At many law firms that recognize the need for succession planning, preparation for leadership succession receives too little attention. Succession planning can languish for various reasons. In some instances, the press of regular law firm business distracts existing leadership from the issue. In other cases, the topic is an uncomfortable one so discussions are avoided. Even if these circumstances aren’t present, a firm can be so overwhelmed by the challenge that it can’t get out of the starting blocks. A form of paralysis can set in.
Another subset of firms simply doesn’t recognize the need to plan for succession. Not realizing the need, they miss the signs that should tell them that their state cries out for immediate attention.
For firms unsure where they stand on leadership succession, there are four clear markers that suggest and even show that a firm is unprepared. Not all four of these indicators need be present, but if more than one exists there is substantial reason for concern. Four indicia that a firm is unready for leadership succession are:
Demographics at the Firm are Unfavorable. A firm that faces a noticeable age gap between senior leadership and the rest of the firm’s attorneys is likely to struggle with leadership succession. If senior attorneys that have been running the firm are leading a firm of junior attorneys, the younger attorneys likely are not ready to step into any kind of a leadership role. A missing layer of lawyers between the ages of the young and senior attorneys is usually a problem. By taking a look at a firm’s demographics, a firm may see signs that it is not ready for leadership succession.
Control by Existing Leadership is Squeezed Tight. Far too often senior leadership grips control too tightly over most firm decisions. A firm lacking in shared decision making, even if major decisions are still reserved for senior leadership, is failing to provide needed experience to its future leaders. Sharing a role in decision-making is crucial to preparing for succession. If decisions are not shared now, a dearth of experience will make leadership succession harder in the future.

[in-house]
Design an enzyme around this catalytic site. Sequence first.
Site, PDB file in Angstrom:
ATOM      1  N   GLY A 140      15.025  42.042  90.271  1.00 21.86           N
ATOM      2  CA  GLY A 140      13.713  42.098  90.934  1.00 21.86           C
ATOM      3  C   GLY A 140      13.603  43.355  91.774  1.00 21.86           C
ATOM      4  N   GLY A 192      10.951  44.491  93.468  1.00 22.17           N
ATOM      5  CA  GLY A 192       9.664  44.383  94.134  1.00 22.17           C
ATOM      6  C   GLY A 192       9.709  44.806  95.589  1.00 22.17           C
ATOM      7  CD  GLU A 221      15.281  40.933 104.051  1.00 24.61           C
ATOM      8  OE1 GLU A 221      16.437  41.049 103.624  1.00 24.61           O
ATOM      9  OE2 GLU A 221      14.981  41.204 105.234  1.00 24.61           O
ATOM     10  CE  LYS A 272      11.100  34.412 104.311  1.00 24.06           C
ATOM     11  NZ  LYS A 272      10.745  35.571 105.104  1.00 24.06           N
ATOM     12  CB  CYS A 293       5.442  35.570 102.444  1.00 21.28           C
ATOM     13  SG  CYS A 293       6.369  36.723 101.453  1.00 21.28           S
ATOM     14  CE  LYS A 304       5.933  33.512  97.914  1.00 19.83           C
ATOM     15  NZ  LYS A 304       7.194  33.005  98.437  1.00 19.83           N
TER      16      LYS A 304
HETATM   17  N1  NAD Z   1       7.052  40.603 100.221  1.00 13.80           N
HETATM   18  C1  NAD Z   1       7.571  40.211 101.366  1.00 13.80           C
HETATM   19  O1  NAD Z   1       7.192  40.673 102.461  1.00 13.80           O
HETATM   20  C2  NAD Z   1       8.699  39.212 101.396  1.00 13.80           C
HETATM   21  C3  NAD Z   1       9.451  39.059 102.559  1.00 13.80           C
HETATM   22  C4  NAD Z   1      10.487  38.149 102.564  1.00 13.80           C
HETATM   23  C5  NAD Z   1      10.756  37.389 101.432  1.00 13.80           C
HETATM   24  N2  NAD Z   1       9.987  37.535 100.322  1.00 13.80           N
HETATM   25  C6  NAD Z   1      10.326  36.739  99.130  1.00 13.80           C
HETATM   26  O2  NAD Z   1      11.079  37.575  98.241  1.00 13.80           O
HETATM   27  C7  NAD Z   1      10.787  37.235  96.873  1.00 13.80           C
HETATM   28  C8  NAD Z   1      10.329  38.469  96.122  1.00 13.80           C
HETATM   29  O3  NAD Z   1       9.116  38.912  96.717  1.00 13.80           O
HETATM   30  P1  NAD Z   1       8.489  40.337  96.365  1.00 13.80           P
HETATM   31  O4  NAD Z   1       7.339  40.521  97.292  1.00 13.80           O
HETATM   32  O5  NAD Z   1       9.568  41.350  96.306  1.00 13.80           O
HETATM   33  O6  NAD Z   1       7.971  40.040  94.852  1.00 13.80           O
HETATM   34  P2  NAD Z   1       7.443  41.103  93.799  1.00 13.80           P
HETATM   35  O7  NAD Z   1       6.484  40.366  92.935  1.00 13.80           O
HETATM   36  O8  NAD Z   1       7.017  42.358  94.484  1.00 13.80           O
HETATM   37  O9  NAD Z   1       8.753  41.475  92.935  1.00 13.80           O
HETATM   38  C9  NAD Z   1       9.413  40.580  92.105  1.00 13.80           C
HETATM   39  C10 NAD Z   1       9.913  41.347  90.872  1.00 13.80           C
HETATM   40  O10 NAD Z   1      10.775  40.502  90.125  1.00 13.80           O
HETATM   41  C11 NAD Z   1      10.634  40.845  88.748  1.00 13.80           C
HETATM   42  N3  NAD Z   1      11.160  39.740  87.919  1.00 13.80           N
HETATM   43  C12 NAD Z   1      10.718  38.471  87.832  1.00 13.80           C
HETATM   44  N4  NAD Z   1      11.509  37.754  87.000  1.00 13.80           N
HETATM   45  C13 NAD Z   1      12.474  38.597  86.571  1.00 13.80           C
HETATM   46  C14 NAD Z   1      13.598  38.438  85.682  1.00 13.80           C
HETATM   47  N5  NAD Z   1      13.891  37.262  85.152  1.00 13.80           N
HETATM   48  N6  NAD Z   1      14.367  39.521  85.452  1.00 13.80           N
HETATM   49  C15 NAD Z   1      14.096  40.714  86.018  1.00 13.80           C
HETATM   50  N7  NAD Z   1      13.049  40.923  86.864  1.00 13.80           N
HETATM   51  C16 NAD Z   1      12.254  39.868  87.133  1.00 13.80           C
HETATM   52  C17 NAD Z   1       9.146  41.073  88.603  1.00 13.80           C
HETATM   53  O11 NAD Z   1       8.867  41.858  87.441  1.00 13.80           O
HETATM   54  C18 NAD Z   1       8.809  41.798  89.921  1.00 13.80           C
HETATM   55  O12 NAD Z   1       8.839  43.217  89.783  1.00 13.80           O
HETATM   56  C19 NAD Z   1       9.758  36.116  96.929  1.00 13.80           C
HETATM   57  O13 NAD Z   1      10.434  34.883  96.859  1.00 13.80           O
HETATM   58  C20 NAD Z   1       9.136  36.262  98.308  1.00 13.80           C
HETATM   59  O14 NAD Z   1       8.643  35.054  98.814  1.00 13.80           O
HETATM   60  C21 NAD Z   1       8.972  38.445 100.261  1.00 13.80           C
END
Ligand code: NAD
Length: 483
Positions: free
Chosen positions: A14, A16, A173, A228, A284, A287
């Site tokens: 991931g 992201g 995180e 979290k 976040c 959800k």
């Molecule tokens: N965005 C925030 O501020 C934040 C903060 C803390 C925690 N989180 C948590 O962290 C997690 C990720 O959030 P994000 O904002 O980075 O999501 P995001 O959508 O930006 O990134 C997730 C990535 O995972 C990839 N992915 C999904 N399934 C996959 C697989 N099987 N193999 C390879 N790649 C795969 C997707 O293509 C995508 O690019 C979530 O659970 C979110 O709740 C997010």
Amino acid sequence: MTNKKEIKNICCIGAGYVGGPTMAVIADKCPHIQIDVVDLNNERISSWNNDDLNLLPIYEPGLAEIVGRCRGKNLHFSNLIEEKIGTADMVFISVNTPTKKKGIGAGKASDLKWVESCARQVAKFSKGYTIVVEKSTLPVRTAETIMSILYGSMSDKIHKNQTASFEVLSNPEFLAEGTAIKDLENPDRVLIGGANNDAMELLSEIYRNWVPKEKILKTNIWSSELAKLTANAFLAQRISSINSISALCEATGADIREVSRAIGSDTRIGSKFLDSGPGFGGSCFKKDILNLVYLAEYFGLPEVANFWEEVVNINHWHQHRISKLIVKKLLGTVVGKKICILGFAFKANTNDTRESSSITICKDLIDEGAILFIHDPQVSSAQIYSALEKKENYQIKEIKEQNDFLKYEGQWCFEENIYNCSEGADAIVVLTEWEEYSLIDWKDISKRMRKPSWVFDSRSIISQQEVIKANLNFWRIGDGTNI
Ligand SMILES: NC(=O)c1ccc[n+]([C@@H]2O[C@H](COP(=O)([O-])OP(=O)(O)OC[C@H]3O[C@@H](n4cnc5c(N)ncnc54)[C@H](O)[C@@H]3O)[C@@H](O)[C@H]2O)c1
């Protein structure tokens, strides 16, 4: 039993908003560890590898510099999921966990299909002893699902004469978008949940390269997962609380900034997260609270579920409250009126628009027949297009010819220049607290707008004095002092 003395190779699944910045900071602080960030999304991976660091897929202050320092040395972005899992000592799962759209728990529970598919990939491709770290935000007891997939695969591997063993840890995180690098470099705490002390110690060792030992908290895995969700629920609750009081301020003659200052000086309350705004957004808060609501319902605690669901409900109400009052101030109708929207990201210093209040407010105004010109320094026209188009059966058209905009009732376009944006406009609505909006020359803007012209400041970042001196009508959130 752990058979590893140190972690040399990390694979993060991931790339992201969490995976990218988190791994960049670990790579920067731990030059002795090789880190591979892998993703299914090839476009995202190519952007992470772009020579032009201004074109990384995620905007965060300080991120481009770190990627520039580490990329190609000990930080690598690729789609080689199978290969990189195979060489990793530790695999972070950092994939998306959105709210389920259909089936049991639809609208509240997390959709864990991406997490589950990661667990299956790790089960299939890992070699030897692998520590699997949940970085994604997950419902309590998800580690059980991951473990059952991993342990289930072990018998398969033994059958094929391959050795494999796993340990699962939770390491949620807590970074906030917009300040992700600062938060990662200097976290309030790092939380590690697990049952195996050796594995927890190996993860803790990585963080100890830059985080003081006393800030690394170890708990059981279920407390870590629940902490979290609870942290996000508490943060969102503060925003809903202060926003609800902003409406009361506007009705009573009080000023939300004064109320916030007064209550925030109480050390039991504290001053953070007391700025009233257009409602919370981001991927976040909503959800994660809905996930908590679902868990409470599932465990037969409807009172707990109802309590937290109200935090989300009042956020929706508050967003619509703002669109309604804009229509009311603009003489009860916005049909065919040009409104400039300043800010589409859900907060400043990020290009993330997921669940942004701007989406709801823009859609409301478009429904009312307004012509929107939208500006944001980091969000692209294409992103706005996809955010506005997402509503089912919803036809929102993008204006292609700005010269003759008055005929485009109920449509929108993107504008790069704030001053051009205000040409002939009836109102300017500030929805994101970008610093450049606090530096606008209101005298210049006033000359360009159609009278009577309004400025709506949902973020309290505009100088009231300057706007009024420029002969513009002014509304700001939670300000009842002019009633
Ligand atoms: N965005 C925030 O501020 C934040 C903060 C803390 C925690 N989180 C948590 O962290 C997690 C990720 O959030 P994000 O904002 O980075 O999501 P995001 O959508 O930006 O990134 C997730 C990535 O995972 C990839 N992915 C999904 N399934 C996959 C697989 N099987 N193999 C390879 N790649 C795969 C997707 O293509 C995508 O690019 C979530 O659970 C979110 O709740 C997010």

Training and Mentoring is Weak. A close corollary to sharing decision-making is having leadership mentoring and training programs that can aid in the preparation of the next leaders. Leaders are not always born-they often must be developed. If your firm has not created a way to mentor and train persons that will need to follow existing leadership, the firm is setting itself up for disappointment when the leadership torch needs to be passed.
There is a Shallow Pool of Leadership Successors. It goes without saying that leadership won’t be passed on to the next generation effectively if successors can’t be identified. Having an adequate pool of potential successors is often the fruit of recruiting wisely so a deep roster of talent exists. If the pool of talent is there, leadership decisions can be shared with up and coming attorneys, their leadership skills can be refined further with mentoring and training, and the next leaders likely will emerge. On the other hand, if the firm’s pool of potential successors is not very deep, the firm may not be adequately prepared for succession.
If any of the four circumstances noted above are present at your firm, there is room for improvement as the firm prepares for future leadership succession. If more than one of the indicia exists, much more work needs to be done before the firm can feel comfortable in its leadership succession preparations. Are there other signs to consider?